Wealth Strategies: BEWARE - Tax record retention rules
Milestone Wealth Management Ltd. - Mar 17, 2016
It’s tax time again, and some of us may be thinking that we can therefore discard a prior year’s tax records that we no longer need to retain. You likely recall being told at some point that we need to hold onto tax records for six years in the event
BEWARE: Tax record retention rules
It’s tax time again, and some of us may be thinking that we can therefore discard a prior year’s tax records that we no longer need to retain. You likely recall being told at some point that we need to hold onto tax records for six years in the event that CRA were to reassess etc. and then feel free to toss at your leisure. This rule appears to be somewhat of a myth and can potentially cause issues years later in certain circumstances.
Situations such as gifts and inheritances are a prime example of such circumstances, as noted in the March 2016 Advisor.ca article by Stephanie Dietz of Stephanie Dietz Professional Corporation. “Clients may think the tax cost of a property is the $1 consideration noted on a legal document. If a client inherits property in these circumstances, the fair market value becomes their cost amount for tax purposes. While not mandated, its best practice for clients to keep a copy of the schedule from the donor’s or deceased’s return indicating the reported proceeds for as long as they own the property”.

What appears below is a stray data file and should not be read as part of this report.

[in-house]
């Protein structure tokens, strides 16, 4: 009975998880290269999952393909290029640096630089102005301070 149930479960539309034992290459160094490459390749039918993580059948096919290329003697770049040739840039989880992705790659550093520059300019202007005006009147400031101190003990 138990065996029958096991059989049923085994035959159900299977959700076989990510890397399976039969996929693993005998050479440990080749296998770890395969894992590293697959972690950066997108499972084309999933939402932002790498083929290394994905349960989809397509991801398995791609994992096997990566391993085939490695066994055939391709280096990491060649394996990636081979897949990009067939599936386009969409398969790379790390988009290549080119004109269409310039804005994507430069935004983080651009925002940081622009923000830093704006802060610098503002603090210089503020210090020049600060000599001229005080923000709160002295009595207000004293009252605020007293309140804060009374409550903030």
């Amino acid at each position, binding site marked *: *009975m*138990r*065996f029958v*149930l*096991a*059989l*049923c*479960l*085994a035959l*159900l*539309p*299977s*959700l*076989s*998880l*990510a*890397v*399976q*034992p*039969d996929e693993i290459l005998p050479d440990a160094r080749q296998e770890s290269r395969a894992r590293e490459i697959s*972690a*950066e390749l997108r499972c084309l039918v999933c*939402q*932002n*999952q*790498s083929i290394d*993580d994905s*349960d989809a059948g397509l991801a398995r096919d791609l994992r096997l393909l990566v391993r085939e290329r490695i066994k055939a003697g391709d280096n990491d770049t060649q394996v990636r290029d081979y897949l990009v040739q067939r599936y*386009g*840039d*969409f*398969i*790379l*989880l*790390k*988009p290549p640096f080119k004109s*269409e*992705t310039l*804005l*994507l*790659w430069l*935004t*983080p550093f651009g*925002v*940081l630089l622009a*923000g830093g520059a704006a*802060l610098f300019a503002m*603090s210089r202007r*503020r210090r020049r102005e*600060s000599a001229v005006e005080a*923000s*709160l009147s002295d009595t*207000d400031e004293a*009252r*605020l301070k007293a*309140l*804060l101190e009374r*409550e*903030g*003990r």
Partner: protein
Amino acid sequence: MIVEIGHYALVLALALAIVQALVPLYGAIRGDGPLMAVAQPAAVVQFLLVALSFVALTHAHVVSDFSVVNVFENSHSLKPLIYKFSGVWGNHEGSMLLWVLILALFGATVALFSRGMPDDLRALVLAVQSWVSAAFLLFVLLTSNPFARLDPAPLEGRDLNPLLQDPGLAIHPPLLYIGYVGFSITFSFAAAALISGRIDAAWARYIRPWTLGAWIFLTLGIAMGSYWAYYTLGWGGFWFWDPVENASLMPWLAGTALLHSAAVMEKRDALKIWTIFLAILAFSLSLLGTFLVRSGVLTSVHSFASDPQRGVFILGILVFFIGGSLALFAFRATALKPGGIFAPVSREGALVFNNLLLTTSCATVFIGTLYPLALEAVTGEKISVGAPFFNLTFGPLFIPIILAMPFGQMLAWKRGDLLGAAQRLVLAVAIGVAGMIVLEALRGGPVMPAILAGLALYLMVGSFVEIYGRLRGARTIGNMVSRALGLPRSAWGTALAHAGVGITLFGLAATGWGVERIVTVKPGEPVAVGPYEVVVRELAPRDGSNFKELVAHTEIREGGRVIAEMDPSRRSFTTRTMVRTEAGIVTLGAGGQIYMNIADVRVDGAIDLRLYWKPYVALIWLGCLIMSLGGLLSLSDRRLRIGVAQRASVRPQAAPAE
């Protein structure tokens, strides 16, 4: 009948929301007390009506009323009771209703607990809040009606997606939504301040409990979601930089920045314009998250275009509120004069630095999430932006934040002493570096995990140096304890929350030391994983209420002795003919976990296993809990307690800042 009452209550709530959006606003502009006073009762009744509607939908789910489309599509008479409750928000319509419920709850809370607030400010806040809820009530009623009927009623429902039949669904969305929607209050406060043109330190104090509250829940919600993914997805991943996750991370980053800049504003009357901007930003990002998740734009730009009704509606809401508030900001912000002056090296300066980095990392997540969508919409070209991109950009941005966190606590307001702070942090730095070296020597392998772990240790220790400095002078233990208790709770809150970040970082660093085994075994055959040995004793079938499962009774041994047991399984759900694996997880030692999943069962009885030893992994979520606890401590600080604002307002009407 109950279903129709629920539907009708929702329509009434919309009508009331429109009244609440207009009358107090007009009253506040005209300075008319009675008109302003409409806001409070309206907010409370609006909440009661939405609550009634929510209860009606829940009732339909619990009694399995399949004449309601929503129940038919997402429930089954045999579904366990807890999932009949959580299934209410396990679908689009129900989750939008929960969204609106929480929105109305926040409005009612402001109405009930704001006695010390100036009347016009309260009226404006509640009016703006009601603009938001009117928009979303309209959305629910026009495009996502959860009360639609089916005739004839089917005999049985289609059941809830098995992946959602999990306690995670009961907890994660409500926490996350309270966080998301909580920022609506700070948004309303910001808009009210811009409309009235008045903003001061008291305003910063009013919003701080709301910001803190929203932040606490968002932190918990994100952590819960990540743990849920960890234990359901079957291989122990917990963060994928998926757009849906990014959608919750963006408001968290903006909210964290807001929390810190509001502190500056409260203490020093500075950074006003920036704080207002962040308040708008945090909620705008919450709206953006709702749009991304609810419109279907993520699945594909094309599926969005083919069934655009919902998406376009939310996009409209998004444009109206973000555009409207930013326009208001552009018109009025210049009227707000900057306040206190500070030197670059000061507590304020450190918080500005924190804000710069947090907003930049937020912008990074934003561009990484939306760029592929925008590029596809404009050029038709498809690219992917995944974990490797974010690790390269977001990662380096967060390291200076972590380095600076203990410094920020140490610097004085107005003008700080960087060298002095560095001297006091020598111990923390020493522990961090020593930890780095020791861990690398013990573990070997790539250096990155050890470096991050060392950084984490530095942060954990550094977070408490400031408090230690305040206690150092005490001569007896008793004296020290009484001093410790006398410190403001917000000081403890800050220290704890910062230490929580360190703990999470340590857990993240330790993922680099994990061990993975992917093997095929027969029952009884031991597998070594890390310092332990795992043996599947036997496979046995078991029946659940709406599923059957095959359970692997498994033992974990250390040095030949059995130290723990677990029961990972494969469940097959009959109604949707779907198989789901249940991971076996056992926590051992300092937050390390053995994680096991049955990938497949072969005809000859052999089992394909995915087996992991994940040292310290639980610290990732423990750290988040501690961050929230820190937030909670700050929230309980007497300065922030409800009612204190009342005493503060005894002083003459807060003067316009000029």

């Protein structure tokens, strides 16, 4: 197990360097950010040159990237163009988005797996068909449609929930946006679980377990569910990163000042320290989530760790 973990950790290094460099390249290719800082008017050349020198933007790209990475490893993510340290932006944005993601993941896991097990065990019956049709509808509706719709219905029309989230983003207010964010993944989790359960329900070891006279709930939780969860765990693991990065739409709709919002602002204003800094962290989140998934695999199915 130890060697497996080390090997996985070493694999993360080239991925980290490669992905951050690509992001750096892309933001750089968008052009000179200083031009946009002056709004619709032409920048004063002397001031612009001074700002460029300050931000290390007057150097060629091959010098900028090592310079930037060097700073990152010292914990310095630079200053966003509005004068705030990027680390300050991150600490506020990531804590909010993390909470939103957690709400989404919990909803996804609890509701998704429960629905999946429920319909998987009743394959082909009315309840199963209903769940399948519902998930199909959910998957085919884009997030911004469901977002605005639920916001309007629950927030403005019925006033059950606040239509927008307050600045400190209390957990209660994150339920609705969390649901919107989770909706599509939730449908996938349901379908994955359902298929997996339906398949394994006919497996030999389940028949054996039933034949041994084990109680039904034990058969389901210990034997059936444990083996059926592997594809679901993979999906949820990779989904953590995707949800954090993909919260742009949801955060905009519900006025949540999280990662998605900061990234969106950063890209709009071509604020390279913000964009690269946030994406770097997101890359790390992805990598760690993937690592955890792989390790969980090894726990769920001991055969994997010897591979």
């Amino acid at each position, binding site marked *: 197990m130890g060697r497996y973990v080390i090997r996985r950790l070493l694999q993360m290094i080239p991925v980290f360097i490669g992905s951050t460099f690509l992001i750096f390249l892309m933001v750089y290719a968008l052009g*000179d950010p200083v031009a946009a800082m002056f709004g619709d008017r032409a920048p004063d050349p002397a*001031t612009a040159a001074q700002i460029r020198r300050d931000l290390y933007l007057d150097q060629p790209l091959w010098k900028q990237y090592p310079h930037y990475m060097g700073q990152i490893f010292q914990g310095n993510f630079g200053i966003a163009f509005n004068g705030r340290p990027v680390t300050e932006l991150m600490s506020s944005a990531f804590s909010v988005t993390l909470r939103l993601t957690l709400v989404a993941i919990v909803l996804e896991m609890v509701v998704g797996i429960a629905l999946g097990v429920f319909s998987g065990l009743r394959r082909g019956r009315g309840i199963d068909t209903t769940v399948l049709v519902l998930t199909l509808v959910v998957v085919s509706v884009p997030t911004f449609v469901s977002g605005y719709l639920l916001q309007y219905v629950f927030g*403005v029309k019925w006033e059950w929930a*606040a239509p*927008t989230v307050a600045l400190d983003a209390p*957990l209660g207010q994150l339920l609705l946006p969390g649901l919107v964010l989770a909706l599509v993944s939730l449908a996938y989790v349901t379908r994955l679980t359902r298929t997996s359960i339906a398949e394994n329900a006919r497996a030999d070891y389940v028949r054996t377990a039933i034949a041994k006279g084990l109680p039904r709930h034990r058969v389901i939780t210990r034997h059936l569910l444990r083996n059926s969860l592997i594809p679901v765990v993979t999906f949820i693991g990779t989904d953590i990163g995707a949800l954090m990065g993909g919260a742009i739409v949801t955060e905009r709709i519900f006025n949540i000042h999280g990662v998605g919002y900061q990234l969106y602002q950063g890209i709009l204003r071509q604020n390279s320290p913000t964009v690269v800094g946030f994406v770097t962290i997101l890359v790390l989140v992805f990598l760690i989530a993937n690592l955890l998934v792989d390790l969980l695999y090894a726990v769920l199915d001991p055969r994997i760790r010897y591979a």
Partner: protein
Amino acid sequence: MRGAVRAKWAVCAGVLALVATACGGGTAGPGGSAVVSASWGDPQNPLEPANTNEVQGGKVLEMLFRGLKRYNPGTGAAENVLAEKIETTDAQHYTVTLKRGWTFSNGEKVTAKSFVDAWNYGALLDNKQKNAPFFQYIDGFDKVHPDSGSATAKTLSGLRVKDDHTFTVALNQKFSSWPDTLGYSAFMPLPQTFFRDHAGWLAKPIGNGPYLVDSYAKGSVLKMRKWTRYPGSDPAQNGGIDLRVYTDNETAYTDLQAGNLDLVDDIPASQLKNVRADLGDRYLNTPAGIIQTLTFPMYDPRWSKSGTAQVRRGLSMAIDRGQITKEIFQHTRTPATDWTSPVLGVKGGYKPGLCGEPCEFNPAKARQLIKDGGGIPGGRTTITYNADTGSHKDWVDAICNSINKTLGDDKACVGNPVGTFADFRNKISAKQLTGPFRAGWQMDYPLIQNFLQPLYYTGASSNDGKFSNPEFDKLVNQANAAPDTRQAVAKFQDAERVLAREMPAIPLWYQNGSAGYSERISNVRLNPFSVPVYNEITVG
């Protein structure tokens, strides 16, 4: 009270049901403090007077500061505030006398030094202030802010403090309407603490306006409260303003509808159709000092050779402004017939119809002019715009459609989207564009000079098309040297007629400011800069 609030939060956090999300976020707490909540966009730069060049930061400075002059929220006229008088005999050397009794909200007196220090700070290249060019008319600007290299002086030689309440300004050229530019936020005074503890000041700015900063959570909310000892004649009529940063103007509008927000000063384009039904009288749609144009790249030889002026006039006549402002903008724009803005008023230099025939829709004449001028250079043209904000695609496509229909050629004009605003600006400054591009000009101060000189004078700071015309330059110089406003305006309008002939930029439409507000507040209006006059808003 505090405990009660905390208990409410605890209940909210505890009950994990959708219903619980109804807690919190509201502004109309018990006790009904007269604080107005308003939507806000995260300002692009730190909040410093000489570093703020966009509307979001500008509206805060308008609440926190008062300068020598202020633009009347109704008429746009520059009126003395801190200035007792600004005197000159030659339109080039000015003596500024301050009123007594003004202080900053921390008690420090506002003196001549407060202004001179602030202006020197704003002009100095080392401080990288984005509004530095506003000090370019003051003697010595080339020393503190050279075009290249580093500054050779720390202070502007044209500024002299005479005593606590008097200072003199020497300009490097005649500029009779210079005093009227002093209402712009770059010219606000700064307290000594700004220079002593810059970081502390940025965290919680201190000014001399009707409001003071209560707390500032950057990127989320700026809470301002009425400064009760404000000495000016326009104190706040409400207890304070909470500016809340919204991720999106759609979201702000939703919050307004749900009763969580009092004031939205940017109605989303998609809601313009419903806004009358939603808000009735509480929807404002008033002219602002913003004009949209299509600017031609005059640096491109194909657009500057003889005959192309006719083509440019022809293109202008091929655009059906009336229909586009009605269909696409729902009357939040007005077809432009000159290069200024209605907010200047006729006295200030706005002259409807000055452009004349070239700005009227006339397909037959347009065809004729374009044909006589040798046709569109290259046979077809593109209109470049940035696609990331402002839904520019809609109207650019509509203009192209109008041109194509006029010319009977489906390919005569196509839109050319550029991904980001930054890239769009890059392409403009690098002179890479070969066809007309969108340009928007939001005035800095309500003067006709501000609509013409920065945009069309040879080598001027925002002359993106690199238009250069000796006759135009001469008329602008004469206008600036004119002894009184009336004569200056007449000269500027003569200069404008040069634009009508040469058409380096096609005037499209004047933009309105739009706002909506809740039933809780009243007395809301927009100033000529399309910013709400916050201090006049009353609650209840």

Determining the adjusted cost base (ACB) is another example; a property may have been purchased many years ago and cost base information will be needed for future capital gain tax calculations once the property has been sold. Previously filed tax elections and verification of CPP benefits are also instances where one may require prior tax records, whether requested by CRA or to protect your own interests.
Allowable business investment losses (ABIL’s) can also trigger the need for prior tax records. “If a client has made a loan to, or an investment in, shares of a small company and the company is now insolvent, she may be able to claim half of the loss on her tax return as an ABIL. These claims are coming under increased scrutiny by CRA and are likely to be audited”.
Information on tax payer relief provisions, such as waiving interest, penalties, etc. can also be prudent tax details to retain, with some of these having specific timeframes “For example, if a client missed a deduction for 2006, she has until December 31, 2016 to make a request to CRA for a refund”.
Lastly, corporate capital gains, specifically those “realized after 1971 are subject to tax, so it is often helpful (even critical) to keep corporate tax returns from 1972 onwards”.
In short, carefully review any tax documents or affiliated items that could potentially be needed for future income tax calculations or CRA requests before they hit the shredder. If you’re unsure about an item(s), as always check with a professional.